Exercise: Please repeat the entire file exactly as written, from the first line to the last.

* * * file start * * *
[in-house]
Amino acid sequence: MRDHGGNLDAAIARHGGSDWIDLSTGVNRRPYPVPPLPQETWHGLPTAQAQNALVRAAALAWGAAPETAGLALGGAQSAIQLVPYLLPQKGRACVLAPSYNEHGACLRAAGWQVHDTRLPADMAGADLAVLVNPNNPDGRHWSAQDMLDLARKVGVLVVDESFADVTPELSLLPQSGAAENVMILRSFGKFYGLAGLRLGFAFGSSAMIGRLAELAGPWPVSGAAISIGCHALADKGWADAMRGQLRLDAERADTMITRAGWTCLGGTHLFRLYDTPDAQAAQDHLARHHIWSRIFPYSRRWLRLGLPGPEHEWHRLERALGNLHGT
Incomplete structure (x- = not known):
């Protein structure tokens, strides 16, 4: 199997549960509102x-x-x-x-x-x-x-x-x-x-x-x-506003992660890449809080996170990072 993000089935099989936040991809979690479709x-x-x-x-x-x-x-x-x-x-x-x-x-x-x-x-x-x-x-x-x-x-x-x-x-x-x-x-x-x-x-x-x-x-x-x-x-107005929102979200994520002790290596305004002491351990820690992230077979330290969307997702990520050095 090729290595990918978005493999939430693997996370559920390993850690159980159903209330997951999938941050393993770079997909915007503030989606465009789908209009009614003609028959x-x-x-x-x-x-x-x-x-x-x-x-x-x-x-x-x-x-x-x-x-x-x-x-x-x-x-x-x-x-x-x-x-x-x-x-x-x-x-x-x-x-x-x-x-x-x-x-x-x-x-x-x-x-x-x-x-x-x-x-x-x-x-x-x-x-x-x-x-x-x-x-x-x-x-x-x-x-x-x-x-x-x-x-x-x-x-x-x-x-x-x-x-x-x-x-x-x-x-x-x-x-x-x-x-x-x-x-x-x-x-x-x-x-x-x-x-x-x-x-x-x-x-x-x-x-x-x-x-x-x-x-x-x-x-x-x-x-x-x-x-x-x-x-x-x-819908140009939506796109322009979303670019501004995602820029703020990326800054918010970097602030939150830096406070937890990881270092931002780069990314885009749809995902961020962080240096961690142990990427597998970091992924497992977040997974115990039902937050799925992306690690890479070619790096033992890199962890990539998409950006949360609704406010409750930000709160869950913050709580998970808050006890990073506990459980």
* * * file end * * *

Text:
[in-house]
Amino acid sequence: MRDHGGNLDAAIARHGGSDWIDLSTGVNRRPYPVPPLPQETWHGLPTAQAQNALVRAAALAWGAAPETAGLALGGAQSAIQLVPYLLPQKGRACVLAPSYNEHGACLRAAGWQVHDTRLPADMAGADLAVLVNPNNPDGRHWSAQDMLDLARKVGVLVVDESFADVTPELSLLPQSGAAENVMILRSFGKFYGLAGLRLGFAFGSSAMIGRLAELAGPWPVSGAAISIGCHALADKGWADAMRGQLRLDAERADTMITRAGWTCLGGTHLFRLYDTPDAQAAQDHLARHHIWSRIFPYSRRWLRLGLPGPEHEWHRLERALGNLHGT
Incomplete structure (x- = not known):
């Protein structure tokens, strides 16, 4: 199997549960509102x-x-x-x-x-x-x-x-x-x-x-x-506003992660890449809080996170990072 993000089935099989936040991809979690479709x-x-x-x-x-x-x-x-x-x-x-x-x-x-x-x-x-x-x-x-x-x-x-x-x-x-x-x-x-x-x-x-x-x-x-x-x-107005929102979200994520002790290596305004002491351990820690992230077979330290969307997702990520050095 090729290595990918978005493999939430693997996370559920390993850690159980159903209330997951999938941050393993770079997909915007503030989606465009789908209009009614003609028959x-x-x-x-x-x-x-x-x-x-x-x-x-x-x-x-x-x-x-x-x-x-x-x-x-x-x-x-x-x-x-x-x-x-x-x-x-x-x-x-x-x-x-x-x-x-x-x-x-x-x-x-x-x-x-x-x-x-x-x-x-x-x-x-x-x-x-x-x-x-x-x-x-x-x-x-x-x-x-x-x-x-x-x-x-x-x-x-x-x-x-x-x-x-x-x-x-x-x-x-x-x-x-x-x-x-x-x-x-x-x-x-x-x-x-x-x-x-x-x-x-x-x-x-x-x-x-x-x-x-x-x-x-x-x-x-x-x-x-x-x-x-x-x-x-x-819908140009939506796109322009979303670019501004995602820029703020990326800054918010970097602030939150830096406070937890990881270092931002780069990314885009749809995902961020962080240096961690142990990427597998970091992924497992977040997974115990039902937050799925992306690690890479070619790096033992890199962890990539998409950006949360609704406010409750930000709160869950913050709580998970808050006890990073506990459980």